Arctic oil spills in Canada's western Arctic region would spread quickly and impact Alaska and even Russia, a study funded by the World Wildlife Fund says.
The study, released Friday, used computer simulations of 22 scenarios to observe how an oil spill in Canada's Beaufort Sea -- a part of the Arctic Sea north of Canada -- would spread. In every case, researchers noted spilled oil would likely reach Alaska; in the event of an oil rig blowout, oil would have a 25 percent chance of reaching Russia, with subsurface oil contamination highly likely to reach Alaska.
Results of the study come as Canada's National Energy Board prepares to consider safety and emergency elements of proposals from Imperial Oil and Chevron Canada for offshore energy drilling in the Arctic area.
Dan Slavik of the World Wildlife Fund office in Inuvik, a Canadian town near the Arctic Circle, noted spilled oil is harder to contain when it is trapped in sea ice.
"Its fate and trajectory will largely end up where it melts. You could see spills moving from the Canadian Beaufort to the coast of Alaska, and even as far away as Russia."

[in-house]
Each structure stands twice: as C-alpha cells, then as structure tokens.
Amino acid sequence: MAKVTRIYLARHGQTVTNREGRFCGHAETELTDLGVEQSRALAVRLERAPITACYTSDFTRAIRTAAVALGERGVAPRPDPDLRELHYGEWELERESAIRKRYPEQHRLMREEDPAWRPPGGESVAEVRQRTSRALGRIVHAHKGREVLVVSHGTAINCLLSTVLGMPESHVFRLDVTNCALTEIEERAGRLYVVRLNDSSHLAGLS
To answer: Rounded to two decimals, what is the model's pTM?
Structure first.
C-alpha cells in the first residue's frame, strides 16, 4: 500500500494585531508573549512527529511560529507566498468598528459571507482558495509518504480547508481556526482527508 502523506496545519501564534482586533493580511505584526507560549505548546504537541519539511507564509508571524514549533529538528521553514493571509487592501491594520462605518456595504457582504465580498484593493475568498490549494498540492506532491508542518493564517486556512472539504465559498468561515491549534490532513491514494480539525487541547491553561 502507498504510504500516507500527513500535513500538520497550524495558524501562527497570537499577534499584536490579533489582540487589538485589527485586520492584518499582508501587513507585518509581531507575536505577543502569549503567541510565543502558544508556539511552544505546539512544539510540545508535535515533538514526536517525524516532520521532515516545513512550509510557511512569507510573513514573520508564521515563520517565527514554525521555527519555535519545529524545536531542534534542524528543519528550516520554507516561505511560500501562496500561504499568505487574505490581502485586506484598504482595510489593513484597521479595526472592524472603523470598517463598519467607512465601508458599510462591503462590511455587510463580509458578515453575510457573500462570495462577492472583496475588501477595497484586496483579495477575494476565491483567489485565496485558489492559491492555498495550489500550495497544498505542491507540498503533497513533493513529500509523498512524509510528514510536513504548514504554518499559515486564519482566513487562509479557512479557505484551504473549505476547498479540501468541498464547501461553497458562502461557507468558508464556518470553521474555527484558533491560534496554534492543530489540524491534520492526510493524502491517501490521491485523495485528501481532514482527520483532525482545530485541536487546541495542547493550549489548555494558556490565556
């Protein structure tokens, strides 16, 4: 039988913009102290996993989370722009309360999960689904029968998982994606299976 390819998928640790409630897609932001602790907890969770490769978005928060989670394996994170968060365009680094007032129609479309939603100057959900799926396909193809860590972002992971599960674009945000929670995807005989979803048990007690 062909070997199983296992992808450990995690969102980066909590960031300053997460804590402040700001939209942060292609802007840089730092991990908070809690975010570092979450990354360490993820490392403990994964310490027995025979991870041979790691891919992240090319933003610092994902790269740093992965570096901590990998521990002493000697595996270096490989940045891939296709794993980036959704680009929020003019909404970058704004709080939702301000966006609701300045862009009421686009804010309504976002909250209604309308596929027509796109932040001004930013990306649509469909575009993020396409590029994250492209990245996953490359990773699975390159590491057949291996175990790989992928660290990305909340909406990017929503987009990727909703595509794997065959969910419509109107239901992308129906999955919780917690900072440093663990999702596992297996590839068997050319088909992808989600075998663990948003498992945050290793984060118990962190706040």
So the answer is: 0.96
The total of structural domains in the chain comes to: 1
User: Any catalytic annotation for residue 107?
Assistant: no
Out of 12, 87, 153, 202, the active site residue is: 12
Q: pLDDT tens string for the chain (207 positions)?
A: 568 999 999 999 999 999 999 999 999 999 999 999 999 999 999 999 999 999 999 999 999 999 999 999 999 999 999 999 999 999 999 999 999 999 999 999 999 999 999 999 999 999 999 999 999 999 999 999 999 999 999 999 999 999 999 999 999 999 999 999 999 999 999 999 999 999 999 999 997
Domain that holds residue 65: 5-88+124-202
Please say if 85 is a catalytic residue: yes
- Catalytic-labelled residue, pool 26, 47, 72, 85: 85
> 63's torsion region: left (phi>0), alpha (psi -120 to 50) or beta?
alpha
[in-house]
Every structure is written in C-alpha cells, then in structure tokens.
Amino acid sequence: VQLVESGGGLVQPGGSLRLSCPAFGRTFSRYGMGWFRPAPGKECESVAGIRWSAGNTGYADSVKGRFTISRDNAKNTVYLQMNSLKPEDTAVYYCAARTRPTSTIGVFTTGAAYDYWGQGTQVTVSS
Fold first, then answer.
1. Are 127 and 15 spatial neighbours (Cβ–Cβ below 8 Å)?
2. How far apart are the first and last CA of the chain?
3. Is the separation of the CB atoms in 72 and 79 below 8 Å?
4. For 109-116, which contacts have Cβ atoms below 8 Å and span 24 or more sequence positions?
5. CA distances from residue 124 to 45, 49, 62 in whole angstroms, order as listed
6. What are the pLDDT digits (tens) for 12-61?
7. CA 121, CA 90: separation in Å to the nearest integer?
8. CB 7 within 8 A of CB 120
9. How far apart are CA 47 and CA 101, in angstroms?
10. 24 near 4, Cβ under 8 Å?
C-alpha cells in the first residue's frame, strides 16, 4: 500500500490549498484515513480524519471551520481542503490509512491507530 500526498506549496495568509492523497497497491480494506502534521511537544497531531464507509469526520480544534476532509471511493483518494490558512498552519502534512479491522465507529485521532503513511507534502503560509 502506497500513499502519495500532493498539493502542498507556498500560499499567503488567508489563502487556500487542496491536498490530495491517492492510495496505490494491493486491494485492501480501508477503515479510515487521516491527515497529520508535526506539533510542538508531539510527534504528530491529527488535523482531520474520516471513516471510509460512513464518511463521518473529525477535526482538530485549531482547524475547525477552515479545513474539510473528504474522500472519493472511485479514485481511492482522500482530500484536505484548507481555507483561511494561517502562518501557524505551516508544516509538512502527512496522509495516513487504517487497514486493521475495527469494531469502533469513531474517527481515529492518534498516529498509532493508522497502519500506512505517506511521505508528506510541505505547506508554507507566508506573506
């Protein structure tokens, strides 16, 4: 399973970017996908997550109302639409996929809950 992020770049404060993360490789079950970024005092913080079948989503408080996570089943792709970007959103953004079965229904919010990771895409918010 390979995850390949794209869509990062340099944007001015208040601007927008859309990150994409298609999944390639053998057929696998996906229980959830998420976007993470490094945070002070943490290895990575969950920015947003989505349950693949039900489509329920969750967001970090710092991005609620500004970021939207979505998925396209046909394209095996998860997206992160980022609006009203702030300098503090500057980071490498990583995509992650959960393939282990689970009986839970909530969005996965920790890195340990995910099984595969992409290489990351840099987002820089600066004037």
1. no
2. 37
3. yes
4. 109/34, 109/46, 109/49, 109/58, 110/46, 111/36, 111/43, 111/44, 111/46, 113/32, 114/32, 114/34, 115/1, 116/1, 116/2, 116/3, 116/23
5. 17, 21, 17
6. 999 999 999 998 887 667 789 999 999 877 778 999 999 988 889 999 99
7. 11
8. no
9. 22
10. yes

Original headline: Arctic oil spills could cross borders, study says
Most Popular Stories
- Bently Creates Alabama Small Business Commission
- Is Alibaba's IPO Price a Fairytale?
- Kardashian: Kanye Never Told Fan in Wheelchair to Stand Up
- Los Angeles Angels Clinch Playoff Spot
- U.S. Tobacco Growers Lose Last of Price Supports
- CalPERS Pulls Out of Hedge Funds
- U.S. Producer Prices Held Steady in August
- Sanctions Push Russian Ruble to Historic Low
- Scottish Leaders Scramble for Votes on Independence
- When to Say No to Investors, Yes to Mentors